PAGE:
The recognition and accommodation of the diverse learning styles exhibited by team members can lead to improved interaction and greater synergy online or face-to-face. The most commonly recognized learning styles are derived from the main sense used for sensory input. Commonly, the three most pertinent and all-encompassing learning styles are visual, auditory, and kinesthetic. If the learning styles can be properly identified and accommodated in both the face-to-face and online environments, the result will be greatly empowered people and more effective teams.
Listening or speaking to facilitate the learning process characterizes the auditory learning style.
It can be divided into two sub-categories: the listening learner who learns by hearing and the verbal learner who learns by discussion (Lamarche-Bisson, 2002). This individual thrives in environments primarily of lecture and discussion. A person of this style can demonstrate a profound listening ability or a talkative spirit, needing to repeat information in his/her own words for better understanding.
A visual learning style involves thinking in terms of picture or words; this style is divided into two sub-categories: the visual/verbal learner who learns best when information is presented visually and in a written language format and the visual/non-verbal learner who learns best when information is presented visually and in a picture or design format. “It’s as if he has a movie camera in his mind” (Lamarche-Bisson, 2002). The visual learning style naturally focuses his/her perception on the external qualities of visible objects, relating images to reasoning.
Cognition is image-based and note-taking serves as a common mnemonic device, as conclusions are drawn based on imagined pictorial representations.
Fleming writes kinesthetic learners require “concrete, multi-sensory experiences in their learning. Although learning by doing matches their needs they can easily learn conceptual and abstract material provided it arrives with suitable analogies, real life examples, or metaphors. They learn theory through its application” (Fleming, 1995). The kinesthetic learning style is characterized by a need to experience ideas and information in order to better understand them. This type of learner uses all senses, in some given combination, to facilitate the learning process.
Each sense, sight, touch, taste, smell, and hearing, is of equal potential importance to becoming immersed in the learning experience.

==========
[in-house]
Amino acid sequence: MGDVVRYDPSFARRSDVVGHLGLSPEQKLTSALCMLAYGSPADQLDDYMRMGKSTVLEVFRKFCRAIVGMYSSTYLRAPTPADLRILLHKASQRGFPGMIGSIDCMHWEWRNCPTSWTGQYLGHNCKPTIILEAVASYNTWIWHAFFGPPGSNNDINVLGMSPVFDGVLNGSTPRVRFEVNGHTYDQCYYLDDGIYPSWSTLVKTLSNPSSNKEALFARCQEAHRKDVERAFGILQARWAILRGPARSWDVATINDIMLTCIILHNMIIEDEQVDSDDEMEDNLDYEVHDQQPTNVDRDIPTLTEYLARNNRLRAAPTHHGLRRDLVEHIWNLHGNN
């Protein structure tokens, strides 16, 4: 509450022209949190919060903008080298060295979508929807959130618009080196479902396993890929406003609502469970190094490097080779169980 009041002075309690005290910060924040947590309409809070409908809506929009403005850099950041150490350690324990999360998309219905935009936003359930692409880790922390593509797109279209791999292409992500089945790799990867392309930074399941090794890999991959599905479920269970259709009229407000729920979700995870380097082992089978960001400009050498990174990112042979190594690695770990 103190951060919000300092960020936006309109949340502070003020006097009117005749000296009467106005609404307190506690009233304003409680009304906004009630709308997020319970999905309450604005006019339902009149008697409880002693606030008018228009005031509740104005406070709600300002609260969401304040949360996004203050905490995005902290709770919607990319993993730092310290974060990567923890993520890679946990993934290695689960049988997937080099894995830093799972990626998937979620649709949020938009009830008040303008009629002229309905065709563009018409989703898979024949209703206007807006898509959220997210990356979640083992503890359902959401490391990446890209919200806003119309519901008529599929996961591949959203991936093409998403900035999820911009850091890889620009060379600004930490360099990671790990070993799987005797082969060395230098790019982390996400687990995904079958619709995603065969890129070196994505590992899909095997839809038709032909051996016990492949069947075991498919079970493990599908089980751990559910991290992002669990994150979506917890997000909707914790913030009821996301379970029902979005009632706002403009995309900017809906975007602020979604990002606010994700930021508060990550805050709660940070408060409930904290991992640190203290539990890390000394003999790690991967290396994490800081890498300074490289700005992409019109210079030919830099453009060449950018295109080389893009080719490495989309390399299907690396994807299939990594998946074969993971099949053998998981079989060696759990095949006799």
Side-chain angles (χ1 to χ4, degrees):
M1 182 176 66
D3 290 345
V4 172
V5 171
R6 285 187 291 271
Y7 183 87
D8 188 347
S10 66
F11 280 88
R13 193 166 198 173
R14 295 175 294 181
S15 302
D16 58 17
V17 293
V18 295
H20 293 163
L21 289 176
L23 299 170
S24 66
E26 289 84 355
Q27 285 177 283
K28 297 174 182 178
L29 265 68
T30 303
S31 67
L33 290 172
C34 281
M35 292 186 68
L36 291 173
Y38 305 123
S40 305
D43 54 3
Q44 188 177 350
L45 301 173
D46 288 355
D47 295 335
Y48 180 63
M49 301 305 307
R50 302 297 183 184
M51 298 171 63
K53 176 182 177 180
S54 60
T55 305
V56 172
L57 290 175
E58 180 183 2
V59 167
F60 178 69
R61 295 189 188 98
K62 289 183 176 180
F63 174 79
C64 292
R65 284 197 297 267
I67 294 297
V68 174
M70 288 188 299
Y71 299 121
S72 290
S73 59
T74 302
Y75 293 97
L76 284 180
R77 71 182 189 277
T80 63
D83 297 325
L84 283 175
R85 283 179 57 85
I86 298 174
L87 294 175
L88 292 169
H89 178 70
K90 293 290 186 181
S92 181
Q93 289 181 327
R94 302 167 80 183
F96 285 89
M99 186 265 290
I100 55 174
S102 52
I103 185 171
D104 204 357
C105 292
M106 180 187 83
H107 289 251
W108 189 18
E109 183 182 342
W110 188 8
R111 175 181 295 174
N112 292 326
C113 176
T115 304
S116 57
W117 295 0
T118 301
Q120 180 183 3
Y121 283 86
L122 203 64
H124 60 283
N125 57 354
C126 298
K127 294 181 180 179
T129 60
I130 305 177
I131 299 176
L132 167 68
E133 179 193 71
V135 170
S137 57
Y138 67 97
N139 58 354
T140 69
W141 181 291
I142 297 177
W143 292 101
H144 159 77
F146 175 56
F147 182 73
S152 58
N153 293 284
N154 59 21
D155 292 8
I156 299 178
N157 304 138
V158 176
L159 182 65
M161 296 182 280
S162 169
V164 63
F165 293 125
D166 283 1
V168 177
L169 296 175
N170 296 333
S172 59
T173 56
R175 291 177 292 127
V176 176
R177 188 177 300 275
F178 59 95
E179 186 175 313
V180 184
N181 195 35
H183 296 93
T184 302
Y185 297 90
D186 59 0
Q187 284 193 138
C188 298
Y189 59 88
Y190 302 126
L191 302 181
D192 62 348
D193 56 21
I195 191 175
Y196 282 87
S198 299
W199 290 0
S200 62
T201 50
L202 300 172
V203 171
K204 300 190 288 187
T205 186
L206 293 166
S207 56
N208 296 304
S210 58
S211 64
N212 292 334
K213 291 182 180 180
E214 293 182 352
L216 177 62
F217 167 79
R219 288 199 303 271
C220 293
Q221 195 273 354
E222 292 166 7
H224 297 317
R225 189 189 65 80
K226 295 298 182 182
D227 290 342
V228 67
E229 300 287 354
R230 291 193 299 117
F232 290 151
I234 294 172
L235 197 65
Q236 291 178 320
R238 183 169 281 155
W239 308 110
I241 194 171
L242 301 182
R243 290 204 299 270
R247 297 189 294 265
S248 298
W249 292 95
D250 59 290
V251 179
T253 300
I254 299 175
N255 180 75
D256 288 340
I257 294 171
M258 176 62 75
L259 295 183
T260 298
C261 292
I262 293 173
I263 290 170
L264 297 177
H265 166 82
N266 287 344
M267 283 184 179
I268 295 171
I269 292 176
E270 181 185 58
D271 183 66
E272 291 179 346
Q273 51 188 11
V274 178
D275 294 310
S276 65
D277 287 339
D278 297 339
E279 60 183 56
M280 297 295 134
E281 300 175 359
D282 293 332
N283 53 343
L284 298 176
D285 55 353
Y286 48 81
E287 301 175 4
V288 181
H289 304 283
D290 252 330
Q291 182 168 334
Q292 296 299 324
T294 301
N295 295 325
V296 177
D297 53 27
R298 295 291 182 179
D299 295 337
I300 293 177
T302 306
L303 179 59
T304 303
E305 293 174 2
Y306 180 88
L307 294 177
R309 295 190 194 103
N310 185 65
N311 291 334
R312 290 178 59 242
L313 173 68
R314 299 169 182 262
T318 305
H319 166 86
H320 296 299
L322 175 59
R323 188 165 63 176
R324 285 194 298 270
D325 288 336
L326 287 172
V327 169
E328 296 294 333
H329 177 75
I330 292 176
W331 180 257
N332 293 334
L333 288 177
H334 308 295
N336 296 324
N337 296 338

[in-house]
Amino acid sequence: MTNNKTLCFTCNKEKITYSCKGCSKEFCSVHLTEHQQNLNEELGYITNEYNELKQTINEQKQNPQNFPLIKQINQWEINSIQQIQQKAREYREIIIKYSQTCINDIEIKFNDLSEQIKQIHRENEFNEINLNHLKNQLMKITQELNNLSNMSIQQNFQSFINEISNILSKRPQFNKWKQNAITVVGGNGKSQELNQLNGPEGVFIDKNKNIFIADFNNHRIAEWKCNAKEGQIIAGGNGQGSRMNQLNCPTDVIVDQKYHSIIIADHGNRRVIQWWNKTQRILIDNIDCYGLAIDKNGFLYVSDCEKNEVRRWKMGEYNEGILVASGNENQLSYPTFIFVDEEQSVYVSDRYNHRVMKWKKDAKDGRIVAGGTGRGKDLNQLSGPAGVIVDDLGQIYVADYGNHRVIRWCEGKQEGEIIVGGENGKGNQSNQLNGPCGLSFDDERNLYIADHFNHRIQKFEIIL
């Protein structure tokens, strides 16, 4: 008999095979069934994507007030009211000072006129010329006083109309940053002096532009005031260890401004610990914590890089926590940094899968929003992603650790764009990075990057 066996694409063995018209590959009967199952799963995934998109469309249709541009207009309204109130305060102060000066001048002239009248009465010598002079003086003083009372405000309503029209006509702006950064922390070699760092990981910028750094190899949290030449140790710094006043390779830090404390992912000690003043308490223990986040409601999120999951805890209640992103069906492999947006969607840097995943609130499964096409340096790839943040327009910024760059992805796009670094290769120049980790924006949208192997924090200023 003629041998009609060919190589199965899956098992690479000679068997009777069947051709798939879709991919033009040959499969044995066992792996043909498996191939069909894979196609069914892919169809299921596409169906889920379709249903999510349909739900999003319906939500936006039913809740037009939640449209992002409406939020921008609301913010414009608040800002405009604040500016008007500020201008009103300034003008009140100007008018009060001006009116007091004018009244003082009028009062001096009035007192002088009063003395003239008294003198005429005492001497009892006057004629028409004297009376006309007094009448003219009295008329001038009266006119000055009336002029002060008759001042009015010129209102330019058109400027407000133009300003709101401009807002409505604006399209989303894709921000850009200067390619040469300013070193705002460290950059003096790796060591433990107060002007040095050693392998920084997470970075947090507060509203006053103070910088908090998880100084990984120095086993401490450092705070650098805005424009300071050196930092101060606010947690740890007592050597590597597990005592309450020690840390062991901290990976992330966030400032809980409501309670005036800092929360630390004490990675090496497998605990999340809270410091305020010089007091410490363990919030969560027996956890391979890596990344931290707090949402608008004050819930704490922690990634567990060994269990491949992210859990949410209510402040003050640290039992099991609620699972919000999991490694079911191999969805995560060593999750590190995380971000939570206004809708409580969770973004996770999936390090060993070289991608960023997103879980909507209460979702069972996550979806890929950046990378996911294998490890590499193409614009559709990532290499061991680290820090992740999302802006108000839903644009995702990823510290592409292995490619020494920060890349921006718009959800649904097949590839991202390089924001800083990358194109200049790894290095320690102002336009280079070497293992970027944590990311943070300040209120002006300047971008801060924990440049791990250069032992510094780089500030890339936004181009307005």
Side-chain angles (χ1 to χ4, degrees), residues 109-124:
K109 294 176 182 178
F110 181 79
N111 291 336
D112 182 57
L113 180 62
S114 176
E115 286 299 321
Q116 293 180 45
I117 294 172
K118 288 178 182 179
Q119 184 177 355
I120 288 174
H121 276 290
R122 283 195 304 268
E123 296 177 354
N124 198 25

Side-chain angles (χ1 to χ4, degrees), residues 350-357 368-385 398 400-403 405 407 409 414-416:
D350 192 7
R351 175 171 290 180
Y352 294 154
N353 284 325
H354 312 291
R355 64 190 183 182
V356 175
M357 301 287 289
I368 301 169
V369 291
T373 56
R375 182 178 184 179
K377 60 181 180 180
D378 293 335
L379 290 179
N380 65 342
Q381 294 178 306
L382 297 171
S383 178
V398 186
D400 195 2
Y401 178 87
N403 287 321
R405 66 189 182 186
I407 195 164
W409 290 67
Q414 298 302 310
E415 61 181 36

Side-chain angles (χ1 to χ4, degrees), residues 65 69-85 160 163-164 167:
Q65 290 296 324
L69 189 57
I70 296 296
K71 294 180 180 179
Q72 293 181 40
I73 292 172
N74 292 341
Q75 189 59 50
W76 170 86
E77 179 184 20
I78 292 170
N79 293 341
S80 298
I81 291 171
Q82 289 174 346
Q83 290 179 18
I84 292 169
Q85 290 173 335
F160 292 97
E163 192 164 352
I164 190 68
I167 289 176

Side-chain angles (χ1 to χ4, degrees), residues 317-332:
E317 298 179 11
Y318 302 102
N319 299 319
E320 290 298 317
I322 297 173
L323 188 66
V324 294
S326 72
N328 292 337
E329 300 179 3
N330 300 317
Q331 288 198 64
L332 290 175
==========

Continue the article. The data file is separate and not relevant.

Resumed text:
The modern continuous-learner must receive proper attention in both face-to-face and online environments. This need not require great expense, simply an easel, an example, or a repetition of what was just said can make a world of difference to the various learners, and in turn, to the organizations that these learners compose.
The online application of the auditory learning style in an academic situation requires the learner to be creative in his assimilation of information since the opportunity for direct auditory learning is minimal. Perhaps the off-line interaction between the learner and others in social or familial settings can supplant his need for discussion. In that way the learner can strike a balance between the diminished capacity for direct auditory learning in an online environment.
This allows for a quasi-discussion format in which the verbal learner can express problems and develop solutions in his own mind.
The online application of the auditory learning style professionally, allows for a wider range of learning options. In the professional environment, the learner may often be exposed to others who are involved in the online learning process. A professional learner in an online course associated with the company may be exposed to others within the company who are also taking the class. This provides opportunities for interaction among them, away from the online forum. Without the benefit of direct explanation or lecturing, he would benefit from the availability of downloadable audio files.
The online application of the visual learning style in an academic setting requires the use of diagrams, pictures and illustrations within online programs. Visual learners also benefit from tasks such as quizzes and online discussion as this provides them with a chance to see and explore their ideas in written format. Another area of importance for this learner is the chance to summarize or create notes about topics, as in the use flash cards for memory recall of what they have learned.
Professionally, the online application of the visual learning style affords the learner a “variety of delivery of methods, such as classroom, .